"Shit!" Francesca turned toward him, picked up her pace. Even as she closed in, a taxi three lanes away jerked across traffic and began to slow.
He spun, and Francesca was stunned by his appearance. He looked haggard, unshaven. There were dark circles under his eyes, and he seemed to be chuckling silently as she ran up to him.
"I'm sorry I'm late," she said, and then waited. Under normal circumstances, she would have fully expected him to chastise her in his amiable way and then return to the restaurant with her. Instead, he only shrugged.
"Too late, Frankie. Gotta go," he said, the muscles of his face slack. He looked as though he were dead.
The cab slid to the curb, engine idling, and Thomas reached for the handle.
"What? Wait, I've got to talk to you!"
"I have an appointment," said the zombie who had once been one of her biggest clients.
"Listen, the Fox people took you up on your suggestion," she said hurriedly. "When I told them about Nathan, they agreed to come here. They're flying in tomorrow afternoon. They have other business, but they want to meet on Friday morning."
He stared at her for a moment as though he hadn't understood a word she'd said.
"Hey, in or out, pally!" griped the driver.
Francesca leaned over and sneered at the man, an old-time New York hack with a Yankees cap slightly askew on his head.
"Start the meter, you asshole," she barked. "You can bill us for the conversation."
The cabbie balked about her suggestion being against the rules, but he started the meter anyway. Frankie was surprised he hadn't simply gunned the engine and driven away. Thomas looked like he hadn't even noticed.
"It's important, isn't it?" he asked.
Francesca stared at him. "Thomas, are you all right?" she asked. "You know how important this is."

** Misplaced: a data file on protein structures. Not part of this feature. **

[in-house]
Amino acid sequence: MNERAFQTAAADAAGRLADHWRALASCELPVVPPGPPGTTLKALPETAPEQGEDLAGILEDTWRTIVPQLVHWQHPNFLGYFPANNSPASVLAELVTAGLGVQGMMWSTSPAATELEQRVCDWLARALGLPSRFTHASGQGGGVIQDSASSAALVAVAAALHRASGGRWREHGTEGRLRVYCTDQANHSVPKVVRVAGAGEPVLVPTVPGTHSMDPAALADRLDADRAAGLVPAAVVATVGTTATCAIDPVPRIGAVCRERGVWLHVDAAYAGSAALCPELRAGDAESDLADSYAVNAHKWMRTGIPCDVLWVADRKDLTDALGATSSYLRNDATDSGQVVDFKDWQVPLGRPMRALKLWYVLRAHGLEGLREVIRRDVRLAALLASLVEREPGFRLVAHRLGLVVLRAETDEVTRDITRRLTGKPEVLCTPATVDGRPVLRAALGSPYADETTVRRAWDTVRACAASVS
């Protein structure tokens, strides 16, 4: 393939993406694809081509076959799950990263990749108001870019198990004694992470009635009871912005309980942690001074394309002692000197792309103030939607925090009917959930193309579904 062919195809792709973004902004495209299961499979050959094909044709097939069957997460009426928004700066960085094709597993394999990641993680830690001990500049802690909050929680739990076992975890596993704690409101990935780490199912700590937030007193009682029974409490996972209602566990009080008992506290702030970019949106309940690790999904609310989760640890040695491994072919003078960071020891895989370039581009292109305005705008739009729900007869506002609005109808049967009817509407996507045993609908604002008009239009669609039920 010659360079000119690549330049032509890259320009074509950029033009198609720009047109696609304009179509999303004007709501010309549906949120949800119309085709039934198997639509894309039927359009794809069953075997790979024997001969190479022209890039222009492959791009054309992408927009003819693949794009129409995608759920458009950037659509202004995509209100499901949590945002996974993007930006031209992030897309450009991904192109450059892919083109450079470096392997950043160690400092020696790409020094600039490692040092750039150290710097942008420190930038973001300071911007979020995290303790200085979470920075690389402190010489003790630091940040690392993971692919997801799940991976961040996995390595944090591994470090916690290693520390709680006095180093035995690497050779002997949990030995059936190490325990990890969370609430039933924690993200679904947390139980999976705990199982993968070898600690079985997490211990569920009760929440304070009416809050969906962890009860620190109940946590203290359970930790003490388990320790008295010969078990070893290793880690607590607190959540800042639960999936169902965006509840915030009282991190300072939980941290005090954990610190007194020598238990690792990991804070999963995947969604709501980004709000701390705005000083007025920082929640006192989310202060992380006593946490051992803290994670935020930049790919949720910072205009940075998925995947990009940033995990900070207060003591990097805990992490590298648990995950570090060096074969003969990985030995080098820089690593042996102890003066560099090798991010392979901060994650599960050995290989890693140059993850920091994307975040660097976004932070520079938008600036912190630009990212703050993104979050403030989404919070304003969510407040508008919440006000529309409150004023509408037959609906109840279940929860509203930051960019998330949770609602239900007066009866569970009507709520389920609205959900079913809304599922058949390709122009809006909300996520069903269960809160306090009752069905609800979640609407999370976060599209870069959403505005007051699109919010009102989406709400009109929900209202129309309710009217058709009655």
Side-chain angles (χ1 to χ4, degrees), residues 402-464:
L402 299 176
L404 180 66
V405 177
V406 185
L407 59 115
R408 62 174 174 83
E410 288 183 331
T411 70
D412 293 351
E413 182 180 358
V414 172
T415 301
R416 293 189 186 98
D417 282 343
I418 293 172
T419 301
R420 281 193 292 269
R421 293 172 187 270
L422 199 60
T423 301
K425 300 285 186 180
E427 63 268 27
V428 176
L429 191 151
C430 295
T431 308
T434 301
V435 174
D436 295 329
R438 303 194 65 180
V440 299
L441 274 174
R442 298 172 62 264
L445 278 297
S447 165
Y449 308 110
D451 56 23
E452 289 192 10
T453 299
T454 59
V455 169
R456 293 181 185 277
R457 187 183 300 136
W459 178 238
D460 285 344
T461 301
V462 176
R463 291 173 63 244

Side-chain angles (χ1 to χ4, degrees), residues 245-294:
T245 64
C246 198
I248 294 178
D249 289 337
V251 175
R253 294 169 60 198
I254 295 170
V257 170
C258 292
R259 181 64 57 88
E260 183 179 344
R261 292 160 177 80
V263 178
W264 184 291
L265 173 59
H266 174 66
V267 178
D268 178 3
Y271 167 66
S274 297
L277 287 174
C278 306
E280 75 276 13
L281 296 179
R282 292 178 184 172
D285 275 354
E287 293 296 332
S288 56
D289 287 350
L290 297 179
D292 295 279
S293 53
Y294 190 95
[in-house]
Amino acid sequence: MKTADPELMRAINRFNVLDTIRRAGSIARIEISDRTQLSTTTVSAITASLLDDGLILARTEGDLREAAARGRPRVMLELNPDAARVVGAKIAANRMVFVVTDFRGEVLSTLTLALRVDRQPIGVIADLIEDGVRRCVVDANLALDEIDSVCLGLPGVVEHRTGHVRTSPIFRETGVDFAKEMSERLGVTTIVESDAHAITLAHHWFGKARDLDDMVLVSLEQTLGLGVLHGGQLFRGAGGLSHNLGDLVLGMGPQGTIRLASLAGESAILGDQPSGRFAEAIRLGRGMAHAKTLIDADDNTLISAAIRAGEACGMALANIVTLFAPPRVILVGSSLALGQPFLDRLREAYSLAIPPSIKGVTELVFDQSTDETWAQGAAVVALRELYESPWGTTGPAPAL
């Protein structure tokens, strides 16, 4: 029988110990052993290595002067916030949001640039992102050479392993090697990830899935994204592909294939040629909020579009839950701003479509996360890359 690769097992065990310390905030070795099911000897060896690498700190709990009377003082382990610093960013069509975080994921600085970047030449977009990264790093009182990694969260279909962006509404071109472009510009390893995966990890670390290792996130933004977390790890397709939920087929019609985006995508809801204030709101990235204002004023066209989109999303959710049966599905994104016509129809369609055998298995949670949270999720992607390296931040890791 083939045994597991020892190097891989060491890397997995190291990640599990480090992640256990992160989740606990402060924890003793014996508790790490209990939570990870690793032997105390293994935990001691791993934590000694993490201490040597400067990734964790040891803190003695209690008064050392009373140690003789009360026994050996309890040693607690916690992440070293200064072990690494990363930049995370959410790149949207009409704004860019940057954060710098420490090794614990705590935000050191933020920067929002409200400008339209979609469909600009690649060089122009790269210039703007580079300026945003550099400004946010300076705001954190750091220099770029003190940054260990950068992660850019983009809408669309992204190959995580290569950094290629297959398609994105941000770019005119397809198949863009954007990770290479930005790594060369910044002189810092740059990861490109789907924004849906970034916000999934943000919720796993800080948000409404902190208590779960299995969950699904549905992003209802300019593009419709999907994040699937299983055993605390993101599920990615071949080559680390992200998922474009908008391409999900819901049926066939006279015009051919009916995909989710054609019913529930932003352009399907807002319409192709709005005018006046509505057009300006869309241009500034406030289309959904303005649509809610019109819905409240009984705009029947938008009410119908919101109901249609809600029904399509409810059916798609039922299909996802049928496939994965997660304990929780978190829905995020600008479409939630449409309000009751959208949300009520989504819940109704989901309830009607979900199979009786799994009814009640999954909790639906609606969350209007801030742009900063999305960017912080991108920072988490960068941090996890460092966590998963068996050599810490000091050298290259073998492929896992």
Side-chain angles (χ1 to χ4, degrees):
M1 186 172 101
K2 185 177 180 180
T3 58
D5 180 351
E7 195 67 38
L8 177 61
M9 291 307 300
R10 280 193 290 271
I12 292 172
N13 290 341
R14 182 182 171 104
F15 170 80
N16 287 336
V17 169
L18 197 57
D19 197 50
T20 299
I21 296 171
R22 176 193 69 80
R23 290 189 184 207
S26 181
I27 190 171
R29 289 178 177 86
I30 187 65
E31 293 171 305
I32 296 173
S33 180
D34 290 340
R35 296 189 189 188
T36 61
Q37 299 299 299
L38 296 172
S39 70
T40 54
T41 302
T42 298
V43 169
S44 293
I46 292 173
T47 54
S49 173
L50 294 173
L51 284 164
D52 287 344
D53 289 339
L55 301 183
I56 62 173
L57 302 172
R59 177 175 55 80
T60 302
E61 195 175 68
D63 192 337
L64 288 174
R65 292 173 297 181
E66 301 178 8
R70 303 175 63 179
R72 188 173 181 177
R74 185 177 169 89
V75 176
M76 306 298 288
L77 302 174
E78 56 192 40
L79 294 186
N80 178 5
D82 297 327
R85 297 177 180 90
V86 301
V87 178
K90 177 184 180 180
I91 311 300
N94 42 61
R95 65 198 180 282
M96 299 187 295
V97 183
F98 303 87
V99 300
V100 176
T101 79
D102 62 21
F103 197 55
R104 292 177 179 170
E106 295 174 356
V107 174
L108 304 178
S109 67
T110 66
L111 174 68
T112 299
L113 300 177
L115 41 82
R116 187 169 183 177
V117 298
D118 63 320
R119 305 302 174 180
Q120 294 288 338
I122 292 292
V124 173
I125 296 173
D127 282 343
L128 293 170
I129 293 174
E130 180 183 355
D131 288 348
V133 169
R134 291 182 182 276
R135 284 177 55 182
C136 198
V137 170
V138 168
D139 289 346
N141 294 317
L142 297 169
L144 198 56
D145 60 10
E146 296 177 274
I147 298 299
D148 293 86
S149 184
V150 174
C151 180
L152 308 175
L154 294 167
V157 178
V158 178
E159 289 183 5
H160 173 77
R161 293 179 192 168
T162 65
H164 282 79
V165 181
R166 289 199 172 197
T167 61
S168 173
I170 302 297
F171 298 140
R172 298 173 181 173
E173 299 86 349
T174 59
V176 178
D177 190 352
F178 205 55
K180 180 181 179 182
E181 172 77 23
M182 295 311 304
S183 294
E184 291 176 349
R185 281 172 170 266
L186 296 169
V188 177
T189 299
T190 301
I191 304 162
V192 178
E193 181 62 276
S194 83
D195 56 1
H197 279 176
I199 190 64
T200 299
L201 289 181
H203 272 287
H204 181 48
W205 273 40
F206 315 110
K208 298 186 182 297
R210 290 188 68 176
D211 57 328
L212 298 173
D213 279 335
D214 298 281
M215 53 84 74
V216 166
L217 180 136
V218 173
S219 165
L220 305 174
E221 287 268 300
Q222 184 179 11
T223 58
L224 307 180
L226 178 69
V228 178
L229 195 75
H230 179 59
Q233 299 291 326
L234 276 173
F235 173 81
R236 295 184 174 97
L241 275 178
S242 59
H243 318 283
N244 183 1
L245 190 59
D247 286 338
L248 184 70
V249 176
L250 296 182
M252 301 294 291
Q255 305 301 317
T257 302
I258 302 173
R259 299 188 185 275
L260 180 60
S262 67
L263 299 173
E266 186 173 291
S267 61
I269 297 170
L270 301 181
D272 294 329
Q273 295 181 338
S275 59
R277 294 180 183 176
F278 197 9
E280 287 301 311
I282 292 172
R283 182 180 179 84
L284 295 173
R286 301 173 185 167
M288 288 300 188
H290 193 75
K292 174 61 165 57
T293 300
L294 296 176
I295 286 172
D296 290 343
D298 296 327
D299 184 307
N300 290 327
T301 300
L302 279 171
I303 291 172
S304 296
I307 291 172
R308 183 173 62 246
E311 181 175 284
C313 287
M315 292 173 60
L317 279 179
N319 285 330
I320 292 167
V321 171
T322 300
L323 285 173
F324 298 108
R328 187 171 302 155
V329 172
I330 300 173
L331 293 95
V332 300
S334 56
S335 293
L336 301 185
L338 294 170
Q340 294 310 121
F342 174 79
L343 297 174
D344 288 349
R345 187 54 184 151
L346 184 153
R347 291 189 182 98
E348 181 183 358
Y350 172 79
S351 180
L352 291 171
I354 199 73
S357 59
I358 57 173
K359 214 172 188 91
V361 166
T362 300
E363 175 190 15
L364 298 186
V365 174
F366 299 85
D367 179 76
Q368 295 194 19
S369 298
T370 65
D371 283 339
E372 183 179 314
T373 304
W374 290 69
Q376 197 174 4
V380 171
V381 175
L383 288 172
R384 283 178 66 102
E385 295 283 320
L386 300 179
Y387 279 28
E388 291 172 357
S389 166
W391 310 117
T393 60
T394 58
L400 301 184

"Friday, noon. Lunch at Keen's," Thomas said mechanically. "You make the reservations. I just can't think about it right now."
"What is it, Thomas?" she asked. "Did you get bad news about . . . about Nathan?"
Thomas got into the cab. "Make the reservation, Frankie. I'm sorry. I have to go." He pulled the door shut and the taxi sped away.
"Oh, boy," Francesca muttered to herself. "What am I gonna do with you?"
* * * * *
After his appointment with Dr. Mizell, Thomas felt considerably better. Not completely sane, but then, he'd been hallucinating for what seemed to be days. Possibly even before the horrible thing that had happened to his son, this bizarre catatonia.
He'd first called Rachel Morrissey, who had been Nathan's therapist when the divorce had first come up. Dr. Morrissey specialized in pediatrics, but she remembered Nathan and his parents quite well. When Thomas had begun to explain the nature of his concerns, Dr. Morrissey had actually made an appointment with Dr. Mizell for him that very day. As a favor to Morrissey, Mizell had skipped lunch.
Thomas had wondered if she would bill him double time.
But Dr. Mizell turned out to be nothing at all like he had expected. She was young, and very pretty, but not in any fashion magazine's definition. Her black hair was chopped very short, and her olive skin was dotted with a small sprinkle of freckles that he found intriguing. She had an easy laugh that soothed him greatly, and Thomas found himself opening up within minutes of settling into a chair opposite Lee Mizell.
"Did anyone but you and Nathan witness any of these oddities previous to his catatonia?" she had asked him.
Thomas knew the next question. "No," he admitted. "And Nathan didn't speak to anyone else about them, as far as I know. But they did happen, Doctor."
Mizell had nodded gently, her brown eyes sparkling with understanding. She wore a burgundy dress that was nothing if not professional, but Thomas could not help but be distracted by her. The writer in him made a mental note that the old saw about how easy it was to fall in love with your doctor or therapist was very, very true.
It was her job to be sympathetic. It was her job to be concerned for his well being.
Thomas found great comfort in that.
After a long pause, she had said, "And yet these other instances, which you insist are hallucinations, were just as real as those things you claim Nathan witnessed as well."
Thomas had been taken aback. "What are you suggesting?" he had asked her, almost angrily. "There's a huge difference between some prankster or even a stalker spreading peanut butter on my lawn and my window, and hearing birds talk to me, or seeing characters from my series come to life."